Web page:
Chan Son: Attacked Aug. 2, 1965, with 1,000 shells, followed by invasion of U.S. Marines, one of whom shouted, “Kill them. I don’t want anyone moving.” U.S. sources said 25 civilians were killed; the National Liberation Front reported more than 100.
Phu Nhuan: On June 4, 1967, American troops killed scores of civilians, including one woman roped to an armored vehicle and dragged around the hamlet.
Thy Thi Ly: U.S. troops opened fire on the villagers in their homes, killing 52, wounding 13, most of the dead were children, elderly men, and women.
Phi Phu: In 1967, U.S. troops killed 32 women and children, including the massacre of 20 non-combatants who were forced into a trench and blown up.
Dien Nien: On Oct. 19, 1966, U.S. and Korean troops massacred 112 civilians, some of the wounded drowned in nearby rice paddies by the boots of pursuing soldiers pressing their faces into the water.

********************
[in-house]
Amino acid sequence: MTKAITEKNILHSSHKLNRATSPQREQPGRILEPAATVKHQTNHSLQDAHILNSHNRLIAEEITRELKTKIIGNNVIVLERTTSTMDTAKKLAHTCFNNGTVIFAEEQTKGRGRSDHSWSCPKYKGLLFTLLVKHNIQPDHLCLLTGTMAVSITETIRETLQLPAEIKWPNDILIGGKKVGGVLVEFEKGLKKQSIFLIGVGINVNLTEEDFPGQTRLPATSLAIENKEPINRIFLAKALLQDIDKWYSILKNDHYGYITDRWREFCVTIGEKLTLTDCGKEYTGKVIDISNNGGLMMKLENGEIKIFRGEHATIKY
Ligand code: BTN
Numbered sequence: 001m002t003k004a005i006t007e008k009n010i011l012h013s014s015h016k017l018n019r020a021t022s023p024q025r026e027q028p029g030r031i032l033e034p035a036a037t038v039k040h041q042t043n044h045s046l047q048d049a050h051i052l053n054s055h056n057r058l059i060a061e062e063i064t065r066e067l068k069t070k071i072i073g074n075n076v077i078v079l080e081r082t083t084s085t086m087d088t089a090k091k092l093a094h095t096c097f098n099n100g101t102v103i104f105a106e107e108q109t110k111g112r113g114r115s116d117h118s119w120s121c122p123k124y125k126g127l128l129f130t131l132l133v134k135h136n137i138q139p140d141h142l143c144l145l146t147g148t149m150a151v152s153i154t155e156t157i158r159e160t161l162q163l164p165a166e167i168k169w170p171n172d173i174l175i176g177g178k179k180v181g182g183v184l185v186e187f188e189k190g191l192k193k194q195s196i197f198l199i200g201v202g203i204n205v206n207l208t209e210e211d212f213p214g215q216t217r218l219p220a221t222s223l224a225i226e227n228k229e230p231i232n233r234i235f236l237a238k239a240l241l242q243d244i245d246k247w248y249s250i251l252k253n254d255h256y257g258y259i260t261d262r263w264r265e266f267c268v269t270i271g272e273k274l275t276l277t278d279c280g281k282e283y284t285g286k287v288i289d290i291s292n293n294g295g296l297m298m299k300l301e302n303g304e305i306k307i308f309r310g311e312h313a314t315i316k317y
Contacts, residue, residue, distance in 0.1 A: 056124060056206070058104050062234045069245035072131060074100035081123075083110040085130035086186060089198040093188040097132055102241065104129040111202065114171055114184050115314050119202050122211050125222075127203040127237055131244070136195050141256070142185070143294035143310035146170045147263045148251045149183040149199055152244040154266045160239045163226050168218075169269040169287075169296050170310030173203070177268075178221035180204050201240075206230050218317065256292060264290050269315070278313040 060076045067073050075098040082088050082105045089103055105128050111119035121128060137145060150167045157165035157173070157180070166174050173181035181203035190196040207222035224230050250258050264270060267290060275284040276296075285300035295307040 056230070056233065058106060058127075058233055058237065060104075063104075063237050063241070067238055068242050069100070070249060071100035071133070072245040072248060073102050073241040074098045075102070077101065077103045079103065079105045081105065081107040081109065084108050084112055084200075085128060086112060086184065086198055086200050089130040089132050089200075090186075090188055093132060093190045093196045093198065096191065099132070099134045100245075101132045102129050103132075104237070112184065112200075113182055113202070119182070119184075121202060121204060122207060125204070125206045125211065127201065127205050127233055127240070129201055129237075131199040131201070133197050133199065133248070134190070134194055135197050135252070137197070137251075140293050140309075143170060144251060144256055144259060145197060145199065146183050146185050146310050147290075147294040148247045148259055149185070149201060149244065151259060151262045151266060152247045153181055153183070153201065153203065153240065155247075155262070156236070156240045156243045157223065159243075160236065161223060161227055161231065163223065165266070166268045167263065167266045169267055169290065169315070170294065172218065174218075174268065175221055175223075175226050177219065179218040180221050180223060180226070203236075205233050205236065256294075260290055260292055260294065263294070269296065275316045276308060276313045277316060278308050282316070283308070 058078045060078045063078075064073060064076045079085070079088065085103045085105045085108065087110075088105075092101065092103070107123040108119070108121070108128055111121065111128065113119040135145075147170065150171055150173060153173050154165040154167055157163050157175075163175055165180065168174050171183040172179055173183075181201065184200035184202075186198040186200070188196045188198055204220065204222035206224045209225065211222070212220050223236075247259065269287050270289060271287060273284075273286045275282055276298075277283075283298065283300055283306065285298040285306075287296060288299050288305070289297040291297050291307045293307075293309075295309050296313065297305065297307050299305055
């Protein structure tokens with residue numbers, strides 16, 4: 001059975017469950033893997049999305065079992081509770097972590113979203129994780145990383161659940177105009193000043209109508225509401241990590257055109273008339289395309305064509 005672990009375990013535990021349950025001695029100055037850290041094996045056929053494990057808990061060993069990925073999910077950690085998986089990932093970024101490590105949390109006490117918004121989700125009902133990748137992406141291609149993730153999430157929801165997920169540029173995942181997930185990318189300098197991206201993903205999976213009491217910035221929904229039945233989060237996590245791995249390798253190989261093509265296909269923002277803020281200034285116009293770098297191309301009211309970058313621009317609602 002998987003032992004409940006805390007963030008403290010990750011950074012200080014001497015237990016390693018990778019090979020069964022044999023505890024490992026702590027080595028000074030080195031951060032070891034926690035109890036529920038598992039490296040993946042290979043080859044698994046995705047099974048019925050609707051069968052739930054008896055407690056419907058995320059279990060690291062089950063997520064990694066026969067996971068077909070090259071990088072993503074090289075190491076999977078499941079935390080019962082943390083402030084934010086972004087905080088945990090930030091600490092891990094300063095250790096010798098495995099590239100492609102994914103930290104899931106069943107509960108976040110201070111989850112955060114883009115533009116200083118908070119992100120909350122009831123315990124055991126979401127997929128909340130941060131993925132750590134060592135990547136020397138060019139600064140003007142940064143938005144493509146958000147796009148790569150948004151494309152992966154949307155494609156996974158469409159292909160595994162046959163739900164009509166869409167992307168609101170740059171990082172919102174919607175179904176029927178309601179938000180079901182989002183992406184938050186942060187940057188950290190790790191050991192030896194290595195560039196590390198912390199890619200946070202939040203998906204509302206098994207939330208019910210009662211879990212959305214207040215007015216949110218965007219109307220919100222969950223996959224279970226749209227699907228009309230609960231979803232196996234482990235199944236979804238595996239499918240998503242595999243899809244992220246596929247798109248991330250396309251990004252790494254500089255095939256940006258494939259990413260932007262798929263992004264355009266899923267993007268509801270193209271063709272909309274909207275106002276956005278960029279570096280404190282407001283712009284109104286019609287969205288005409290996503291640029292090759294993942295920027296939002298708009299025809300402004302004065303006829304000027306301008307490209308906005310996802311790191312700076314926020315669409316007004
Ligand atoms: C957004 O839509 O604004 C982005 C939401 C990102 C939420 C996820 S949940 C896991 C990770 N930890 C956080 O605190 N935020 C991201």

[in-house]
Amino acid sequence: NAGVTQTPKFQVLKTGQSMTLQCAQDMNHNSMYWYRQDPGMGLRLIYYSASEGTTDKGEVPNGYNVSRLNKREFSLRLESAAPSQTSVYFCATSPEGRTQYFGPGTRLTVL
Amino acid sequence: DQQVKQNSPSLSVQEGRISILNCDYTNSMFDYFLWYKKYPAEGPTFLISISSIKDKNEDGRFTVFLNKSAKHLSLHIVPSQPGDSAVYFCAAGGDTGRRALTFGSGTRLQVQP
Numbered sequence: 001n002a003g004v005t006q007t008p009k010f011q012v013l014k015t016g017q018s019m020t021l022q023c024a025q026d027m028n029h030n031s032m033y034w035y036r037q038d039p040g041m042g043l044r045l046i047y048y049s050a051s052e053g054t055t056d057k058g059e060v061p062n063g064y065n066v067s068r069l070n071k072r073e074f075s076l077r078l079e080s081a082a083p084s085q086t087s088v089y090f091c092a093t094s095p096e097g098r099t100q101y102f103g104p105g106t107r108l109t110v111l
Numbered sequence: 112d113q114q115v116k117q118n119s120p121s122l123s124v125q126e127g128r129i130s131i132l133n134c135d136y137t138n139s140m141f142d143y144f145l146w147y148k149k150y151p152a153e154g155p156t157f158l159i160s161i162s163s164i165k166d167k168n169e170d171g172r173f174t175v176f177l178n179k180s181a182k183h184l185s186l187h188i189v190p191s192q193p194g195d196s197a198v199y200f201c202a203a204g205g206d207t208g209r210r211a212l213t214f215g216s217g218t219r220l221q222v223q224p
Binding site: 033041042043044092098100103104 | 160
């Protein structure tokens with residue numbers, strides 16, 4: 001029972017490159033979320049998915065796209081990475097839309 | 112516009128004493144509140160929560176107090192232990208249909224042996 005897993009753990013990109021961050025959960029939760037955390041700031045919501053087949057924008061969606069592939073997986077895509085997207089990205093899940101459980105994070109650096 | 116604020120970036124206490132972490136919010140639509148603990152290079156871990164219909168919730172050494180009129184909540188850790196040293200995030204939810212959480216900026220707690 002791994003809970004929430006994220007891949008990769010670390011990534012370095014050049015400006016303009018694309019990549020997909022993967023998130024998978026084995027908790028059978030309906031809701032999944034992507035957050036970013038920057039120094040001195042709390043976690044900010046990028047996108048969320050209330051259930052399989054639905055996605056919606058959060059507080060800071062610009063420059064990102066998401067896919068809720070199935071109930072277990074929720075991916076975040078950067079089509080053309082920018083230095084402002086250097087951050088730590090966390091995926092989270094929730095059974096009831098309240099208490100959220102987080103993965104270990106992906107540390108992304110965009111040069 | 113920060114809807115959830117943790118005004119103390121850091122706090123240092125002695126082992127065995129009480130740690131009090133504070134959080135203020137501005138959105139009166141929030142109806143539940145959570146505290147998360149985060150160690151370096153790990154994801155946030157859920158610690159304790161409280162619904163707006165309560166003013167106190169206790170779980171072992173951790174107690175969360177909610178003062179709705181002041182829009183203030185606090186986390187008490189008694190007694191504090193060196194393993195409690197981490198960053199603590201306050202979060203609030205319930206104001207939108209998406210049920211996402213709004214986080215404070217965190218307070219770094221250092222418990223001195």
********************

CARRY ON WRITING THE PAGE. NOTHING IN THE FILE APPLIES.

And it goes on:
Nhon Hoa: U.S. troops and their Korean allies on March 22, 1967, herded together, and killed, 86 villagers, plus 18 more at a nearby site.
My Khe: At a hamlet near My Lai and about the same time, 155 civilians were killed by men from Bravo company, 4th Battalion, 3rd infantry, which one soldier described “was like being in a shooting gallery.”
Accounts of the torture of Vietnamese civilians and military captured by the U.S. are too numerous to cite in this essay, except to note that in 1971 an Army investigation concluded that violations of the Geneva Convention were “widespread” and that torture by U.S. troops was “standard practice,” Turse reports. A Pentagon task force, however, called war crimes allegations against General William Wesmoreland “unfounded,” explaining that while isolated criminal acts may have occurred “they were neither widespread nor extensive enough to render him criminally responsible for their commission.”